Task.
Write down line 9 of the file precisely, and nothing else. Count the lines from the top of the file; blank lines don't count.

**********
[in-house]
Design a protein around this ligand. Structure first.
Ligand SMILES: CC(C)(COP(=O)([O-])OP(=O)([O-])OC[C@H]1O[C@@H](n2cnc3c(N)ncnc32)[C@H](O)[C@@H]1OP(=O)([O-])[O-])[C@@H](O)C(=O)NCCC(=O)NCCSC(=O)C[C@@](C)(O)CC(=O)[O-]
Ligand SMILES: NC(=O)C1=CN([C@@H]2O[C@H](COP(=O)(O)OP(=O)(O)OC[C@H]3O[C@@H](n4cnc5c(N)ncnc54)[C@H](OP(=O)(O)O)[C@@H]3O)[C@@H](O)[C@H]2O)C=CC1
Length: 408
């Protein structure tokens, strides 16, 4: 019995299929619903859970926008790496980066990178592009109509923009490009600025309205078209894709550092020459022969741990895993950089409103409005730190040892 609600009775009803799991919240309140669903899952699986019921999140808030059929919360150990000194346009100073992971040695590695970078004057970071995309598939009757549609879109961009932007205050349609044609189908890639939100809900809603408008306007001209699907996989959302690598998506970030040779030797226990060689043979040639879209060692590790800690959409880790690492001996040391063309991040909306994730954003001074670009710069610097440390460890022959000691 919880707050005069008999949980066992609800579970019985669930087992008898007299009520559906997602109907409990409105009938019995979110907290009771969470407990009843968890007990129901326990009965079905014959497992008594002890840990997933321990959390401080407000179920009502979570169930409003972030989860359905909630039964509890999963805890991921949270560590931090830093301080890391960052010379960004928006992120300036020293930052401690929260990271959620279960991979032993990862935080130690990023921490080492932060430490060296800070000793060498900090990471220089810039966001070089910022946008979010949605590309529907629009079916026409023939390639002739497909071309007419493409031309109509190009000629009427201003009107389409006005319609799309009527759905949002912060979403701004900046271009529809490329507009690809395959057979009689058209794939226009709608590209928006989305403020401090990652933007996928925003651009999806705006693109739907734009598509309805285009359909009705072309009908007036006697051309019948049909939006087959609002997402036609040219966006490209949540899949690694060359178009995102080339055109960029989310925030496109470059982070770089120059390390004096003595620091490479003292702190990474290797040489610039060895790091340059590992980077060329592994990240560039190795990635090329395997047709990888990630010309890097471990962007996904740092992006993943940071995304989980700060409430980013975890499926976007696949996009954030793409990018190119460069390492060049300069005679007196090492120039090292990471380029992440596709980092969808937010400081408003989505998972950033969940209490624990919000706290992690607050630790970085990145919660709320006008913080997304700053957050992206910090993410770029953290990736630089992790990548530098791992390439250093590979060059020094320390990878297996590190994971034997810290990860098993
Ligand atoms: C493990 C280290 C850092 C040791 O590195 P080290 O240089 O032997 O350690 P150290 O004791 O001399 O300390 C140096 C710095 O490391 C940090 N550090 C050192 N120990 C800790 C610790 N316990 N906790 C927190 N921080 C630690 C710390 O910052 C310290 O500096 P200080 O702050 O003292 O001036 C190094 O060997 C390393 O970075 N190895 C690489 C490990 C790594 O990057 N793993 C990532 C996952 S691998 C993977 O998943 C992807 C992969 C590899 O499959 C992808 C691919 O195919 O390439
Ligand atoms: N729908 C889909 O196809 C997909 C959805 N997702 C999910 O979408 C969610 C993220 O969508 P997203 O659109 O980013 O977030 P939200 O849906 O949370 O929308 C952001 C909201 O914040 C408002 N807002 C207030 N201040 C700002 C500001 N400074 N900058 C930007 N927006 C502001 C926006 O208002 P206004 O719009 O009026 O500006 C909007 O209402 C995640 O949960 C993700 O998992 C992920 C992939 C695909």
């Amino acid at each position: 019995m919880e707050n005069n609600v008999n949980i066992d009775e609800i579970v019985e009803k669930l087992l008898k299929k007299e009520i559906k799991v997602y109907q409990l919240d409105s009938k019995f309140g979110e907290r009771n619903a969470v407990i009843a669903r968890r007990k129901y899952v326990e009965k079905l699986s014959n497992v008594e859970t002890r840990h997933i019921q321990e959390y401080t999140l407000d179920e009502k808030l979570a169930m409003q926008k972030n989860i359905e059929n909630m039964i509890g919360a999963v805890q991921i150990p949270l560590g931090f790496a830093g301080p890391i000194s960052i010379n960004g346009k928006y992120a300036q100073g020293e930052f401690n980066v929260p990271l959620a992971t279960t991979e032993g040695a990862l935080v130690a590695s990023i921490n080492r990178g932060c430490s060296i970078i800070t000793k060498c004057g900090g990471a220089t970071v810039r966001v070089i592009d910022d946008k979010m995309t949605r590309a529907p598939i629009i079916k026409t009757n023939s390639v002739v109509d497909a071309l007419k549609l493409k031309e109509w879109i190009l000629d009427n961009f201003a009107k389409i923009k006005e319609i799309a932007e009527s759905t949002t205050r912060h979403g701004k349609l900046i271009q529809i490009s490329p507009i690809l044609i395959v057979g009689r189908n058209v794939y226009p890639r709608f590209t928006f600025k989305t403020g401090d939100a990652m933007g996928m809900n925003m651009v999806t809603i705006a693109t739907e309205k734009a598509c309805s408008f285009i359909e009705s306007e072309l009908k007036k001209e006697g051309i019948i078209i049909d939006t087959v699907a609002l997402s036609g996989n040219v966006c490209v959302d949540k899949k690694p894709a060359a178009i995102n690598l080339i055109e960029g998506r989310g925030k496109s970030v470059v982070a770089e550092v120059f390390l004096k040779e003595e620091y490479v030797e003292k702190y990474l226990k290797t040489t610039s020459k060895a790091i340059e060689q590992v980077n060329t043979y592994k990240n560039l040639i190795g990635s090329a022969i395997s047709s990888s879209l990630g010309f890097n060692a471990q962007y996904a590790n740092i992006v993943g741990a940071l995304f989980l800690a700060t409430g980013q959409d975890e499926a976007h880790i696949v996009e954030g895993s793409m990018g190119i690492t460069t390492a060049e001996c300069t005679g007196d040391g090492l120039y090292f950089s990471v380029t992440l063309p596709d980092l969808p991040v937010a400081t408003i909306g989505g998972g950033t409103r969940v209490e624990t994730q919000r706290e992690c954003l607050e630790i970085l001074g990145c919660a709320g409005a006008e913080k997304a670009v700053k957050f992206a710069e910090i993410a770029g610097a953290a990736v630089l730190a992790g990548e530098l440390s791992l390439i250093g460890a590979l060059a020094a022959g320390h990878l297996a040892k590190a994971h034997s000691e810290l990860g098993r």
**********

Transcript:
């Amino acid at each position: 019995m919880e707050n005069n609600v008999n949980i066992d009775e609800i579970v019985e009803k669930l087992l008898k299929k007299e009520i559906k799991v997602y109907q409990l919240d409105s009938k019995f309140g979110e907290r009771n619903a969470v407990i009843a669903r968890r007990k129901y899952v326990e009965k079905l699986s014959n497992v008594e859970t002890r840990h997933i019921q321990e959390y401080t999140l407000d179920e009502k808030l979570a169930m409003q926008k972030n989860i359905e059929n909630m039964i509890g919360a999963v805890q991921i150990p949270l560590g931090f790496a830093g301080p890391i000194s960052i010379n960004g346009k928006y992120a300036q100073g020293e930052f401690n980066v929260p990271l959620a992971t279960t991979e032993g040695a990862l935080v130690a590695s990023i921490n080492r990178g932060c430490s060296i970078i800070t000793k060498c004057g900090g990471a220089t970071v810039r966001v070089i592009d910022d946008k979010m995309t949605r590309a529907p598939i629009i079916k026409t009757n023939s390639v002739v109509d497909a071309l007419k549609l493409k031309e109509w879109i190009l000629d009427n961009f201003a009107k389409i923009k006005e319609i799309a932007e009527s759905t949002t205050r912060h979403g701004k349609l900046i271009q529809i490009s490329p507009i690809l044609i395959v057979g009689r189908n058209v794939y226009p890639r709608f590209t928006f600025k989305t403020g401090d939100a990652m933007g996928m809900n925003m651009v999806t809603i705006a693109t739907e309205k734009a598509c309805s408008f285009i359909e009705s306007e072309l009908k007036k001209e006697g051309i019948i078209i049909d939006t087959v699907a609002l997402s036609g996989n040219v966006c490209v959302d949540k899949k690694p894709a060359a178009i995102n690598l080339i055109e960029g998506r989310g925030k496109s970030v470059v982070a770089e550092v120059f390390l004096k040779e003595e620091y490479v030797e003292k702190y990474l226990k290797t040489t610039s020459k060895a790091i340059e060689q590992v980077n060329t043979y592994k990240n560039l040639i190795g990635s090329a022969i395997s047709s990888s879209l990630g010309f890097n060692a471990q962007y996904a590790n740092i992006v993943g741990a940071l995304f989980l800690a700060t409430g980013q959409d975890e499926a976007h880790i696949v996009e954030g895993s793409m990018g190119i690492t460069t390492a060049e001996c300069t005679g007196d040391g090492l120039y090292f950089s990471v380029t992440l063309p596709d980092l969808p991040v937010a400081t408003i909306g989505g998972g950033t409103r969940v209490e624990t994730q919000r706290e992690c954003l607050e630790i970085l001074g990145c919660a709320g409005a006008e913080k997304a670009v700053k957050f992206a710069e910090i993410a770029g610097a953290a990736v630089l730190a992790g990548e530098l440390s791992l390439i250093g460890a590979l060059a020094a022959g320390h990878l297996a040892k590190a994971h034997s000691e810290l990860g098993r």